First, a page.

1 Dec 2022

Dairy, horticulture tipped to drive record rise in primary exports

2:18 pm on 1 December 2022
Various fresh dairy products on wooden background

Dairy export revenue is expected to grow six percent to $23.3b driven by strong global prices and a weakening New Zealand dollar. Photo: 123RF

Food and fibre exports are predicted to reach a record $55 billion dollars in the year to next June.

The Ministry for Primary Industries has just released its Situation and Outlook for Primary Industries report which looked at how different parts of the sector are tracking - and it was good news for all.

Dairy export revenue is expected to grow six percent to $23.3 billion driven by strong global prices and a weakening New Zealand dollar.

Red meat and wool exports are forecast to remain steady at $12.4 billion and horticulture is forecast to grow five percent to just over $7 billion thanks to high yields from this year's grape harvest and rising prices for avocado, onion and wine export prices.

The arable sector has also seen a lift in profits with a forecast that it will bring in a five per cent increase of $265m.

Seafood exports are continuing to recover after Covid-19 lockdowns around the world squashed demand.

Exports are forecast to grow four percent to $2b.

"The food and fibre sector accounted for 81.4 percent of New Zealand's merchandise exports in the year to 30 June 2022. Primary industry export growth has exceeded that of non-primary industries for eight of the past 10 years," the report said.

Minister for Agriculture, Export and Trade Growth Damien O'Connor said the projected record revenue has helped protect New Zealanders from the sharp edges of the global downturn.

"Despite the global economic storm gathering, the latest SOPI results show our food and fibre export revenue continuing to climb.

"There is some comfort knowing demand for food and fibre should remain strong throughout any global economic downturn, so New Zealand's economy remains better positioned when compared to others, so long as we maintain our international competitive edge."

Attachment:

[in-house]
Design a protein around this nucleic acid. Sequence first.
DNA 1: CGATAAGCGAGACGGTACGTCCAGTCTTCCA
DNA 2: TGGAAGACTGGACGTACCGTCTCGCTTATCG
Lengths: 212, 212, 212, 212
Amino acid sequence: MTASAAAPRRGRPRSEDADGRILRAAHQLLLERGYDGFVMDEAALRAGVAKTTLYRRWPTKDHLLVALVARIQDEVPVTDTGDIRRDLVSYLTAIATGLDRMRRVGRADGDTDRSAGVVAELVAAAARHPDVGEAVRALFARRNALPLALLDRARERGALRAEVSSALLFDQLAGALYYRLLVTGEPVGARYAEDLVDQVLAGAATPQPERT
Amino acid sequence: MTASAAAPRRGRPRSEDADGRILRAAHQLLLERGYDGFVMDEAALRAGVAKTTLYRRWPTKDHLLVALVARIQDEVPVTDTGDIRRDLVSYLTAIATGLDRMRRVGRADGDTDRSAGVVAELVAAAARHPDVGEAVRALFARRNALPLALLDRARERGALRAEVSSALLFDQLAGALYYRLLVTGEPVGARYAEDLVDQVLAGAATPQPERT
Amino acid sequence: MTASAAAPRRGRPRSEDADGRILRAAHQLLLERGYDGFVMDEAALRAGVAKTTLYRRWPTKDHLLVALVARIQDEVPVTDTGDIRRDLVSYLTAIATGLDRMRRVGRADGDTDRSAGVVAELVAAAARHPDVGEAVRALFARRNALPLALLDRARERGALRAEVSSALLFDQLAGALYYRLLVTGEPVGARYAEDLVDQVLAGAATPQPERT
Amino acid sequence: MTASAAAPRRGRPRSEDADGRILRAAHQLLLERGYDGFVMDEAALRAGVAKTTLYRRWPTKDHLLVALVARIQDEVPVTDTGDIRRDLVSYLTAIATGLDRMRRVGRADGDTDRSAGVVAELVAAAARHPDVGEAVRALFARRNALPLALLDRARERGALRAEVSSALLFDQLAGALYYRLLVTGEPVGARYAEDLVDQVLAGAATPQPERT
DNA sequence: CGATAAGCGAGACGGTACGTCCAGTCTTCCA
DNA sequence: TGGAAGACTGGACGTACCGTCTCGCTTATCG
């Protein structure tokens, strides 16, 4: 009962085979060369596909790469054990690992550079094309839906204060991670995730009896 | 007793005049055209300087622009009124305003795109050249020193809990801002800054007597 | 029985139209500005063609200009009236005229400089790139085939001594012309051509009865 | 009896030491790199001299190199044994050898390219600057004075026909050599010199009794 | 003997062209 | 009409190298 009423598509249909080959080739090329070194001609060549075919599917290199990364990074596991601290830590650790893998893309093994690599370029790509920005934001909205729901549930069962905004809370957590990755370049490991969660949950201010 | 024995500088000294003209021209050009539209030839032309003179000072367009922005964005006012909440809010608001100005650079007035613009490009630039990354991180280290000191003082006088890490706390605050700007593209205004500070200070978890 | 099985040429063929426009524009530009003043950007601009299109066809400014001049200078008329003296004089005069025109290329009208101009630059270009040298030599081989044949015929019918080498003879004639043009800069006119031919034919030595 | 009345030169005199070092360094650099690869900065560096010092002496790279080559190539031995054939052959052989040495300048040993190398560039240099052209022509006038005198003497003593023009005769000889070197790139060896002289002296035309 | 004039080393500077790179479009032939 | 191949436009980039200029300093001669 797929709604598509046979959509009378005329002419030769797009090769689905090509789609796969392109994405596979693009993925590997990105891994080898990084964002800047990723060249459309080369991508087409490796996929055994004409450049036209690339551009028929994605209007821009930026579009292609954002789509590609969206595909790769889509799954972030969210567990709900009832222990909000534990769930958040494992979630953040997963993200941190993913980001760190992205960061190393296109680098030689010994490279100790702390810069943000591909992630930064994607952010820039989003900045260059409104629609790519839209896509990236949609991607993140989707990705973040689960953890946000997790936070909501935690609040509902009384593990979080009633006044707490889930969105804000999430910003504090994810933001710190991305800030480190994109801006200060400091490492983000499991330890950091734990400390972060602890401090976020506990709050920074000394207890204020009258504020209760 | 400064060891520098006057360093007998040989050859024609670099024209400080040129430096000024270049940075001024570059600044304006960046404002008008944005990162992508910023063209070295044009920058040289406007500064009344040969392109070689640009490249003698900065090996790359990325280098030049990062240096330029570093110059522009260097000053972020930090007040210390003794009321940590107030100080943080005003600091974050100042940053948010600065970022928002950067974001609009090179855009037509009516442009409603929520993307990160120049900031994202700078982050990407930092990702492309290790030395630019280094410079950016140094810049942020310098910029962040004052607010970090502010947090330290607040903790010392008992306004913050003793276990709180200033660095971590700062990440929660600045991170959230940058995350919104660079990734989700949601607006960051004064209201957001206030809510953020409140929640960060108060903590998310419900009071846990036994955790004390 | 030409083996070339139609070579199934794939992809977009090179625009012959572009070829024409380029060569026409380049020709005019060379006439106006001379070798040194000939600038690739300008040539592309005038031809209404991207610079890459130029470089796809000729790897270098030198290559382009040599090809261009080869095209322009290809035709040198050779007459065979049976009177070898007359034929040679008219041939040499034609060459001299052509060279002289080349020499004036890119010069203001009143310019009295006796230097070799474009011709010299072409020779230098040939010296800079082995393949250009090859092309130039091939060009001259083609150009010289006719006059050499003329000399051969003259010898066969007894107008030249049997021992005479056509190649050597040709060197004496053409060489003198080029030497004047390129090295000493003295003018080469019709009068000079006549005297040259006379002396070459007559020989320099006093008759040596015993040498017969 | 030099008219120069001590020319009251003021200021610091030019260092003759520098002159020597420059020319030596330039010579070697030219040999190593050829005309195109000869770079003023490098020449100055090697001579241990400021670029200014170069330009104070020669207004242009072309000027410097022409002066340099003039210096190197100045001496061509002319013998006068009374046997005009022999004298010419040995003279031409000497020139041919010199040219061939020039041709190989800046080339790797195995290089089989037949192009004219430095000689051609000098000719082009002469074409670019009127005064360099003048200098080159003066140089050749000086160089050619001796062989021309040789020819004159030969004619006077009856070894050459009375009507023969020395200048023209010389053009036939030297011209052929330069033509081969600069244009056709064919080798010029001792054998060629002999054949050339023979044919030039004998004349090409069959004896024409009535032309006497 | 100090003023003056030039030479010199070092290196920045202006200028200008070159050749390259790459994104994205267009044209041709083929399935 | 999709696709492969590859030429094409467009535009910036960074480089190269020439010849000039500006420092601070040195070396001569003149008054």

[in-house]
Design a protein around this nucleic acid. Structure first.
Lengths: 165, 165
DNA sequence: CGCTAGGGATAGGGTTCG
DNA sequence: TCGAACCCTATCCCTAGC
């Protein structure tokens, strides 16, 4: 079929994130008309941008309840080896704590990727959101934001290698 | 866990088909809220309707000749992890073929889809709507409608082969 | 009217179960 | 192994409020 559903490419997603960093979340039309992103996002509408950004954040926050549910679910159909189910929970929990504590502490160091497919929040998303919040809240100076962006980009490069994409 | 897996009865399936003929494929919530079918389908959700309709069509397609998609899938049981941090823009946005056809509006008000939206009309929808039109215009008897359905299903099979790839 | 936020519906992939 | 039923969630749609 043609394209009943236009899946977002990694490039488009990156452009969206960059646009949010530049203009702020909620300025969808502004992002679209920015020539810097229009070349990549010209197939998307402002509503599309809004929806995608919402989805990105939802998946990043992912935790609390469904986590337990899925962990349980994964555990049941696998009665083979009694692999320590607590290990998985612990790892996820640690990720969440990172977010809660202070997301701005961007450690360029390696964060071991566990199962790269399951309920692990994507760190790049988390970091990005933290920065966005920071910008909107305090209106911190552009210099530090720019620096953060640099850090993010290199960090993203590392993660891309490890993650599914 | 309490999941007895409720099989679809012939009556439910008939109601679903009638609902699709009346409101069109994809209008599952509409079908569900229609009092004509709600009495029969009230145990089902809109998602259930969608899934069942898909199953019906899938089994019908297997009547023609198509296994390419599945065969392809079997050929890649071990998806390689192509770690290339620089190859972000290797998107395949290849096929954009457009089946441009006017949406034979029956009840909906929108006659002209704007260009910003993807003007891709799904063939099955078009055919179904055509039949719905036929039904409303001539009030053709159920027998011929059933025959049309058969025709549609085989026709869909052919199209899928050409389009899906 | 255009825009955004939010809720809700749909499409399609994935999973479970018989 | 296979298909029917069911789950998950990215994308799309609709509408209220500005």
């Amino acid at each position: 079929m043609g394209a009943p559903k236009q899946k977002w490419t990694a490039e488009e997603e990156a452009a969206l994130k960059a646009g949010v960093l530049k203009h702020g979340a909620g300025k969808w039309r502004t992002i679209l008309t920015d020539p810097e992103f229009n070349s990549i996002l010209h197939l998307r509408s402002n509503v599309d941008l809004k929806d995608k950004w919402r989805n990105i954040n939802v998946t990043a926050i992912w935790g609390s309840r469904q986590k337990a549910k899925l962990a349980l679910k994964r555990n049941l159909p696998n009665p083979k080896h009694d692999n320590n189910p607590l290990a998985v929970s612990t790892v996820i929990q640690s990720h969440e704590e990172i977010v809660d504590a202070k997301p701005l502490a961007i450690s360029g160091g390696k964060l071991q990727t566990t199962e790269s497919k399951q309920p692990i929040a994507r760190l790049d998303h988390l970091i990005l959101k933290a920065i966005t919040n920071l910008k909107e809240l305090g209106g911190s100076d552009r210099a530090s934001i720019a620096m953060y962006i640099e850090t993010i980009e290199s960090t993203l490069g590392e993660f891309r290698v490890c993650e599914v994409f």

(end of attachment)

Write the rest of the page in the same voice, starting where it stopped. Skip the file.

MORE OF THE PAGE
O'Connor said the forecast increase of 4 percent in the year to 30 June 2023 is on top of our record export revenue achieved last year, and $2.9b higher than earlier forecasts made in June 2022.

Forestry Minister Stuart Nash said forestry export revenue was expected to increase this year, despite the tough global economic environment.

"Forestry export revenue is set to increase to $6.6 billion in the year to 30 June 2023," Nash said.

"This result is to be commended and the forestry sector should be acknowledged, especially over a tough year and in the face of a global slowdown in construction and corresponding lower demand for our logs. It shows remarkable resilience."

He said the government's announcement yesterday that what was counted as sequestration - accounting for greenhouse gas absorption by plants - would be counted for farm-level emissions pricing was a clarification not a U-turn.

Originally the government had excluded it causing an adverse reaction from farmers.

Labour MP Damien O'Connor

Damien O'Connor is denying the government has backed down. Photo: RNZ / Angus Dreaver

Scientific research was needed to ensure what was included across the farm system was credible and internationally recognisable, O'Connor said.

The government had committed over $300 million to this work, he said, with $172m going into a joint venture while the rest of the funds would be used for research.

There was satellite technology available now that could count trees accurately.

The methane targets would be reviewed in 2024, with a 10 percent reduction goal by 2030 although four of the bigger companies have set higher targets .

"This is something that we can again lead the world in and be very proud of."

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